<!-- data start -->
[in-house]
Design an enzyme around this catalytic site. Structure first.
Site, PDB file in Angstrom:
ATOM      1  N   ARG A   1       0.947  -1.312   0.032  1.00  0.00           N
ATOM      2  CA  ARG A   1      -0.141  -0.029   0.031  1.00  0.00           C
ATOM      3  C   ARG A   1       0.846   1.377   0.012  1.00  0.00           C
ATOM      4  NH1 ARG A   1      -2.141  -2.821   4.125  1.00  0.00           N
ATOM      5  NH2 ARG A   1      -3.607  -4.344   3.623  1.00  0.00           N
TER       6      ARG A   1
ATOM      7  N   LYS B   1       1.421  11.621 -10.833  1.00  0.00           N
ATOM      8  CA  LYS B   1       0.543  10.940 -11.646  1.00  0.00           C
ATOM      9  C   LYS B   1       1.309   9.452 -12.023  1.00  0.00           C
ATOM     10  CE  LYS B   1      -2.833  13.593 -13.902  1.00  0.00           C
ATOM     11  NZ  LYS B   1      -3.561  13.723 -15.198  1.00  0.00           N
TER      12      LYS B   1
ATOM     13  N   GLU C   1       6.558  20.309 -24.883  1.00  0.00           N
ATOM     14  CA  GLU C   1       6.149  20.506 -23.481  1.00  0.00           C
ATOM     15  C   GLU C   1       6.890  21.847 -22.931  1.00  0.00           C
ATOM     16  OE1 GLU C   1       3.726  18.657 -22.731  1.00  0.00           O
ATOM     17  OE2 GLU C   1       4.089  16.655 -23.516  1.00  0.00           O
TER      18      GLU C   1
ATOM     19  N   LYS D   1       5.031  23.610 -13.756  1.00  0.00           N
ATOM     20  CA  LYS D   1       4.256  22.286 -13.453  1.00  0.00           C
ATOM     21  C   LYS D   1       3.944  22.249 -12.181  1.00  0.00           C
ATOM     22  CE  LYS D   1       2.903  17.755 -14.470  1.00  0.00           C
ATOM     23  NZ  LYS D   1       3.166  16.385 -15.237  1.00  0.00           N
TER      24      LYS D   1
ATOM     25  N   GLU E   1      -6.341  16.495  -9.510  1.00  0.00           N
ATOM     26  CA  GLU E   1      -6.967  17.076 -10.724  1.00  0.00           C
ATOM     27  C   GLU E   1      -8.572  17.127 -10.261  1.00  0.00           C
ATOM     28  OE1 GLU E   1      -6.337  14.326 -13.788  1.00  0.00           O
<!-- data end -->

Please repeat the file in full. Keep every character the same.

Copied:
[in-house]
Design an enzyme around this catalytic site. Structure first.
Site, PDB file in Angstrom:
ATOM      1  N   ARG A   1       0.947  -1.312   0.032  1.00  0.00           N
ATOM      2  CA  ARG A   1      -0.141  -0.029   0.031  1.00  0.00           C
ATOM      3  C   ARG A   1       0.846   1.377   0.012  1.00  0.00           C
ATOM      4  NH1 ARG A   1      -2.141  -2.821   4.125  1.00  0.00           N
ATOM      5  NH2 ARG A   1      -3.607  -4.344   3.623  1.00  0.00           N
TER       6      ARG A   1
ATOM      7  N   LYS B   1       1.421  11.621 -10.833  1.00  0.00           N
ATOM      8  CA  LYS B   1       0.543  10.940 -11.646  1.00  0.00           C
ATOM      9  C   LYS B   1       1.309   9.452 -12.023  1.00  0.00           C
ATOM     10  CE  LYS B   1      -2.833  13.593 -13.902  1.00  0.00           C
ATOM     11  NZ  LYS B   1      -3.561  13.723 -15.198  1.00  0.00           N
TER      12      LYS B   1
ATOM     13  N   GLU C   1       6.558  20.309 -24.883  1.00  0.00           N
ATOM     14  CA  GLU C   1       6.149  20.506 -23.481  1.00  0.00           C
ATOM     15  C   GLU C   1       6.890  21.847 -22.931  1.00  0.00           C
ATOM     16  OE1 GLU C   1       3.726  18.657 -22.731  1.00  0.00           O
ATOM     17  OE2 GLU C   1       4.089  16.655 -23.516  1.00  0.00           O
TER      18      GLU C   1
ATOM     19  N   LYS D   1       5.031  23.610 -13.756  1.00  0.00           N
ATOM     20  CA  LYS D   1       4.256  22.286 -13.453  1.00  0.00           C
ATOM     21  C   LYS D   1       3.944  22.249 -12.181  1.00  0.00           C
ATOM     22  CE  LYS D   1       2.903  17.755 -14.470  1.00  0.00           C
ATOM     23  NZ  LYS D   1       3.166  16.385 -15.237  1.00  0.00           N
TER      24      LYS D   1
ATOM     25  N   GLU E   1      -6.341  16.495  -9.510  1.00  0.00           N
ATOM     26  CA  GLU E   1      -6.967  17.076 -10.724  1.00  0.00           C
ATOM     27  C   GLU E   1      -8.572  17.127 -10.261  1.00  0.00           C
ATOM     28  OE1 GLU E   1      -6.337  14.326 -13.788  1.00  0.00           O